The Capitales of Quebec champions of the Frontier League

Patrick Scalabrini’s squad snatched a 2-1 victory from the Schaumburg Boomers on the very last play of the game, winning the league championship in front of a cheering crowd.

On the field, there were cheers, tears and countless hugs. The euphoria of a moment which cannot be explainedaccording to Miguel Cienfuegos, ski goggles on his head between two showers of champagne.

A few minutes earlier, the star pitcher had just witnessed, like the approximately 4,000 spectators present at the Canac stadium, a magical moment. Handcuffed by Boomers pitchers for most of the night, the Capitals came up to bat late in the ninth inning with a tie score of 1-1.

Castro, the hero

Like the day before, the final scene pitted designated hitter Ruben Castro against Boomers star pitcher Darrell Thompson with two runners on the trails. And for the second time in two evenings, the Puerto Rican gave the victory to his people with a stroke of the stick. A sacrifice ball, this time, which allowed Marc-Antoine Lebreux to cross home plate as his teammates invaded the field to celebrate.

Landed in the Capitals during the season, Ruben Castro played the heroes in the last two games of the final series against the Boomers.

Photo: Radio-Canada / Guillaume Piedboeuf

This is my first championship. This is a dream. It’s incrediblelaunched Castro all smiles in the language of Shakespeare a few seconds before being awarded the title of most valuable player in the series finale.

A little further on, celebrating the 8th championship in team history, coach Patrick Scalabrini and president Michel Laplante had eyes that were just as bright.

A special championship

The last season of the Capitals, in 2019, had been the worst in the history of the team, recalled Scalabrini. I took it to heart. I had this pride to bounce back.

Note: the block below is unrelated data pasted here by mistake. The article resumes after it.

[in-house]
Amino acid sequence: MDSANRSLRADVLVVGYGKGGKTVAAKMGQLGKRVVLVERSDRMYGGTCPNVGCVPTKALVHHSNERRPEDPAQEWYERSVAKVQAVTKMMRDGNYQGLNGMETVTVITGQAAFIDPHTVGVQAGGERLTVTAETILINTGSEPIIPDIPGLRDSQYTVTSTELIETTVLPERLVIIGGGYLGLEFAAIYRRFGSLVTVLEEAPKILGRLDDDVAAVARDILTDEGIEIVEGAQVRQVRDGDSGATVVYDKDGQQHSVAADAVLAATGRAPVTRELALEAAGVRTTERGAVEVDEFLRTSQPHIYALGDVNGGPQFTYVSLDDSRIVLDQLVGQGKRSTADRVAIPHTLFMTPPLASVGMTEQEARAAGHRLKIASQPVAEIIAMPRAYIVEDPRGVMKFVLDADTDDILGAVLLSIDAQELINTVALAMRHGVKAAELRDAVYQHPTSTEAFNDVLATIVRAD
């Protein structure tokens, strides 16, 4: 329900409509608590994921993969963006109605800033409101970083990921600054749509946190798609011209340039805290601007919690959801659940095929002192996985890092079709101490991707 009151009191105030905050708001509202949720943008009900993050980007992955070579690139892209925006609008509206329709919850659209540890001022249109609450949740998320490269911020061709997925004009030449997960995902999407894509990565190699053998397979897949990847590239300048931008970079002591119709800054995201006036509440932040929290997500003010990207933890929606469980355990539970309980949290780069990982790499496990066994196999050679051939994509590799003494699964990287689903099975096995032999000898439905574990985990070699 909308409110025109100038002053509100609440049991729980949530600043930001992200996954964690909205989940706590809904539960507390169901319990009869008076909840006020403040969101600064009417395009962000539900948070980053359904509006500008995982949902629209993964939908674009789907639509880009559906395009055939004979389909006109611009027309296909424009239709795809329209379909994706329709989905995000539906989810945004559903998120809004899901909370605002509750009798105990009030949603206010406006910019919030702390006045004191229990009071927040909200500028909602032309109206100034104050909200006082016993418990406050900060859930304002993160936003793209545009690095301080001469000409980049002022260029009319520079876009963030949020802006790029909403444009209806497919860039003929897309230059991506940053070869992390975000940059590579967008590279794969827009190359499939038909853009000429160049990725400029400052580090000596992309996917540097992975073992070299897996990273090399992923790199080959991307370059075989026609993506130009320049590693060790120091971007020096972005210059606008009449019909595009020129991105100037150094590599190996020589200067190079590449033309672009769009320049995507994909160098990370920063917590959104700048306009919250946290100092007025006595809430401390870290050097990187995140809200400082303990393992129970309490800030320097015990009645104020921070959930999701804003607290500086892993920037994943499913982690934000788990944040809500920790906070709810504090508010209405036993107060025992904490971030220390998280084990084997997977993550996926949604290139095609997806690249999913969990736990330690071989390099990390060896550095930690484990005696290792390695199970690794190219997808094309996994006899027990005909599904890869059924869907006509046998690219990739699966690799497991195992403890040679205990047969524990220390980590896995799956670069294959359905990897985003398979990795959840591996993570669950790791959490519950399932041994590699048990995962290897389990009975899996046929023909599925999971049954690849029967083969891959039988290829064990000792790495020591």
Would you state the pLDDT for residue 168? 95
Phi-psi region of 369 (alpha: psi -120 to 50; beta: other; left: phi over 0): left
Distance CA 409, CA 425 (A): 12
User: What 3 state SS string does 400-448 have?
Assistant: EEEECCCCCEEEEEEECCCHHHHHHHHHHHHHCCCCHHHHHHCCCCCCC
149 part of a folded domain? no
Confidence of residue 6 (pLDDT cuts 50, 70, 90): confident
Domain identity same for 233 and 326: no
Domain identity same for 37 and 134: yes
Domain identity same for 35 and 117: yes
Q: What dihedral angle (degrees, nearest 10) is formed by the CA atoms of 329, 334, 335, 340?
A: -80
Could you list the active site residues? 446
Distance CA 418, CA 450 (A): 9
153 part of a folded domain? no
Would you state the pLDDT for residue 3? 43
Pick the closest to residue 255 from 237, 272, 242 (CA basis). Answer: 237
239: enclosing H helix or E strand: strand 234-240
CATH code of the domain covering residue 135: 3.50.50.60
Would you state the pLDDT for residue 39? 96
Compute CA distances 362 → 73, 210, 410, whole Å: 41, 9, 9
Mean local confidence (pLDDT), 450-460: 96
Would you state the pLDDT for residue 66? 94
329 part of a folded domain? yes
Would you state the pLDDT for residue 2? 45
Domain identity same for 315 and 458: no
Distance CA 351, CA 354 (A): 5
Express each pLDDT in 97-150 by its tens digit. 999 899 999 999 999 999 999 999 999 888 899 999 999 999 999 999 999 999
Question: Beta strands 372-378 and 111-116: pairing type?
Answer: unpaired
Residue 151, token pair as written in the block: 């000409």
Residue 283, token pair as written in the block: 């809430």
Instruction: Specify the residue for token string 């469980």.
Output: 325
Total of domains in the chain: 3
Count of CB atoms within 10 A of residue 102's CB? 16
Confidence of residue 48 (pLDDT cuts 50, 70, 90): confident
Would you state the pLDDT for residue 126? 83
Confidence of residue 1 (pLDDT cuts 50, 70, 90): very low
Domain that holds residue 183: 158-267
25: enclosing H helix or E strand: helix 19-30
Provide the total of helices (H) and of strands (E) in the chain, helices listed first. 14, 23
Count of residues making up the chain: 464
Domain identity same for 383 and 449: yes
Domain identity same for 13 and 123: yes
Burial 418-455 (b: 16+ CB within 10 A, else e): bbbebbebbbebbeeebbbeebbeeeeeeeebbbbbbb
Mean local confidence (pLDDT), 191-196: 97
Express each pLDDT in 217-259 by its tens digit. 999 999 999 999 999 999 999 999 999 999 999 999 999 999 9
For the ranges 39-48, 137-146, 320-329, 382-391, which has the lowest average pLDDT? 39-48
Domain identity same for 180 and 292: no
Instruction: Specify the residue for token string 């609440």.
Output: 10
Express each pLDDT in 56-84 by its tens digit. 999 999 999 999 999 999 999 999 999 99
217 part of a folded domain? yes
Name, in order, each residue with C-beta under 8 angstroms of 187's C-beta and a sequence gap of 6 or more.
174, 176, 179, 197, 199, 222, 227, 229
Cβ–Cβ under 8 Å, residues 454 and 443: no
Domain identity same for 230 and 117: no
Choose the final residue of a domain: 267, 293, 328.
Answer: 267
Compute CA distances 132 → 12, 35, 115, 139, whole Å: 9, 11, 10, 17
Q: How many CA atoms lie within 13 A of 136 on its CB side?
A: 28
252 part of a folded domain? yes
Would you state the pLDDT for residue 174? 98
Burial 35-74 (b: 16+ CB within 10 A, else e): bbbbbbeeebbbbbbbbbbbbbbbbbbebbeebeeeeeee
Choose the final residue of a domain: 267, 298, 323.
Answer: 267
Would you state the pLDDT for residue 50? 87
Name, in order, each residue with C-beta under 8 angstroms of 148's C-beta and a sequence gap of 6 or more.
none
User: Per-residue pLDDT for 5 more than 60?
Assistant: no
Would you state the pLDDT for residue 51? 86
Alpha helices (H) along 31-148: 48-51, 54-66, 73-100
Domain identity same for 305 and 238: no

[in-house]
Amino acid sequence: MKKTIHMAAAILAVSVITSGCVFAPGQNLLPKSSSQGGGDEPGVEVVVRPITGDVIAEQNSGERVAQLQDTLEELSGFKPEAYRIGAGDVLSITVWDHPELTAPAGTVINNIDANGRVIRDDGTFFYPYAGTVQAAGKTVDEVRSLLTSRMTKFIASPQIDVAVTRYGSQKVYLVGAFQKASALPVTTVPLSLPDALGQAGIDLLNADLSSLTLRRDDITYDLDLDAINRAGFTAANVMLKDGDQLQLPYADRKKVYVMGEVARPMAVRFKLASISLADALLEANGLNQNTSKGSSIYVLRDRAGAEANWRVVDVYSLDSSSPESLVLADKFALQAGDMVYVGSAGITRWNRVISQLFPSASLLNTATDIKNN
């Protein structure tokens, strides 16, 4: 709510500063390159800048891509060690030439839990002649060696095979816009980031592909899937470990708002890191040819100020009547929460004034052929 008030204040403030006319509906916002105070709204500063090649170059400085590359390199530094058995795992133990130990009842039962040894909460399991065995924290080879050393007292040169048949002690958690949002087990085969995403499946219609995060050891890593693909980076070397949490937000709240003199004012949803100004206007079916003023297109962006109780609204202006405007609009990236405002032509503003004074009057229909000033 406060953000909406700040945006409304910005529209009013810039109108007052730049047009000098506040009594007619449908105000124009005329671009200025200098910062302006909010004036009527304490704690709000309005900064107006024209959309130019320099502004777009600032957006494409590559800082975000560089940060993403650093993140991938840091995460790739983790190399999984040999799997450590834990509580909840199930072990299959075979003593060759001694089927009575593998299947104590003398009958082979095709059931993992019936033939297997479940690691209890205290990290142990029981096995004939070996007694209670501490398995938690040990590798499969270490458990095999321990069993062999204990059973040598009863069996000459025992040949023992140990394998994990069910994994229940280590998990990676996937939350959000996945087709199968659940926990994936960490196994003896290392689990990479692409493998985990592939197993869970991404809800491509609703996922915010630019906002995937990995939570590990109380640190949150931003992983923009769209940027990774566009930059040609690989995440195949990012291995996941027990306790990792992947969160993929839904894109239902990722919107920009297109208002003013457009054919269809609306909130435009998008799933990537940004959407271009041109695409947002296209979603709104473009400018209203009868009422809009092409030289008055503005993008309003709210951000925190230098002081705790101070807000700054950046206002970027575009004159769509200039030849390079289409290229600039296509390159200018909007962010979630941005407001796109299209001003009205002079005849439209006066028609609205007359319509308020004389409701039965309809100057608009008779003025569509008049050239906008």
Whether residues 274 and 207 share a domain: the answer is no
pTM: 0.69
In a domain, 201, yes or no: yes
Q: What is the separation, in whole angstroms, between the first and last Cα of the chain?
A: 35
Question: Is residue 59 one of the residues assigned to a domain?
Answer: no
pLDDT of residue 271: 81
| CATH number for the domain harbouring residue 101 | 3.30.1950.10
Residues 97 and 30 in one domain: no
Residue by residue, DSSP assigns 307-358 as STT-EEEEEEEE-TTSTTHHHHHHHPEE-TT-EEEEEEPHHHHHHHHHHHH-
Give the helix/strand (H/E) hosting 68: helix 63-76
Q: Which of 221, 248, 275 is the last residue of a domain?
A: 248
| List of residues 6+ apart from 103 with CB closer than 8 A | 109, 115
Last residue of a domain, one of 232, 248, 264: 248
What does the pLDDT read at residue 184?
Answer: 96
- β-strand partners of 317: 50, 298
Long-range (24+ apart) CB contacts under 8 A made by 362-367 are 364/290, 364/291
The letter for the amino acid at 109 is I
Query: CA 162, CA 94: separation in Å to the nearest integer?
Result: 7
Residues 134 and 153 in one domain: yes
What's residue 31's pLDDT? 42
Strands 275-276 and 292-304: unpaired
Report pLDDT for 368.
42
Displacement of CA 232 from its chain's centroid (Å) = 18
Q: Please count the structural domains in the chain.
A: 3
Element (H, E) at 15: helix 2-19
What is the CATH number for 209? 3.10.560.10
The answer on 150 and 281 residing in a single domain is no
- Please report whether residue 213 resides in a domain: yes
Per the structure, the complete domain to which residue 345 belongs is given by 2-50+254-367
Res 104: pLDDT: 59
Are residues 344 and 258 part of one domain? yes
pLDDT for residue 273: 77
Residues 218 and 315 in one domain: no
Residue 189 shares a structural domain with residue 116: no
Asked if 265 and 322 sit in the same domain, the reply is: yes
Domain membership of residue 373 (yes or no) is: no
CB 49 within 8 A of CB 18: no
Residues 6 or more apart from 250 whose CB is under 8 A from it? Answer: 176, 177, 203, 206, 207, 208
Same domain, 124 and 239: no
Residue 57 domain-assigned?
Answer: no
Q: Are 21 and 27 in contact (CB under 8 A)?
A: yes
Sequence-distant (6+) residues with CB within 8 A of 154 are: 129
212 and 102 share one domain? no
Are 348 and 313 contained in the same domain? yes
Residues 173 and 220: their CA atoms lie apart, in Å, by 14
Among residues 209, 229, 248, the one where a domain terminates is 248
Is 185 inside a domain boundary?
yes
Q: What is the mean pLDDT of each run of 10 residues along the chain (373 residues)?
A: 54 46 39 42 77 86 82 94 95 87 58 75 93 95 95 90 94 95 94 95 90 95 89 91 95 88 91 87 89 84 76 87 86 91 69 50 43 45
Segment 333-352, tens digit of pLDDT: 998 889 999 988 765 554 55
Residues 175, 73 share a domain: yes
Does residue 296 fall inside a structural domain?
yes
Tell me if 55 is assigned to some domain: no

But what followed was not easy. Two seasons canceled by the pandemic which made the organization doubt that we would one day find a packed stadium on a cold September evening. Then the team’s debut in a new 16-team circuit, the Frontier League, last spring.

It’s been a roller coaster since our last championship in 2017, but I’m so proud of the young group of players we have here. This conquest is really specialgreeted Michel Laplante.

On the field, after the match, he raises the trophy shouting.

Head coach Patrick Scalabrini and the Capitals ended their first season in the Frontier League with a championship in front of their fans.

Photo: Radio-Canada / Guillaume Piedboeuf

The waking dream of David Glaude

A mainstay of the Capitals’ offense throughout the season, David Glaude once again delivered the goods on Sunday night, hitting a late double that set the table for the winning sacrifice fly. The infielder from Quebec thus offered himself a moment he had dreamed of since childhood.

I’ve been coming to see the Capitals since I was eleven. In 2009, I was in the stands when the team won the championship. To experience it in the field is a dream come true. I have no words.

The couple pose on the pitch with the Frontier League trophy and their baby.

Becoming a father in August, David Glaude was able to celebrate the championship with his wife and their son Justin.

Photo: Radio-Canada / Guillaume Piedboeuf

Having become a father a little over a month ago, Glaude was even able to share the conquest in the field with his wife and their baby, Justin. I would tell you that the year 2022, I will never forget itconfessed the 28-year-old athlete.

Or in the words of his teammate Miguel Cienfuegos: This season, it is marked for life.

The article is in French

Tags: Capitales Quebec champions Frontier League

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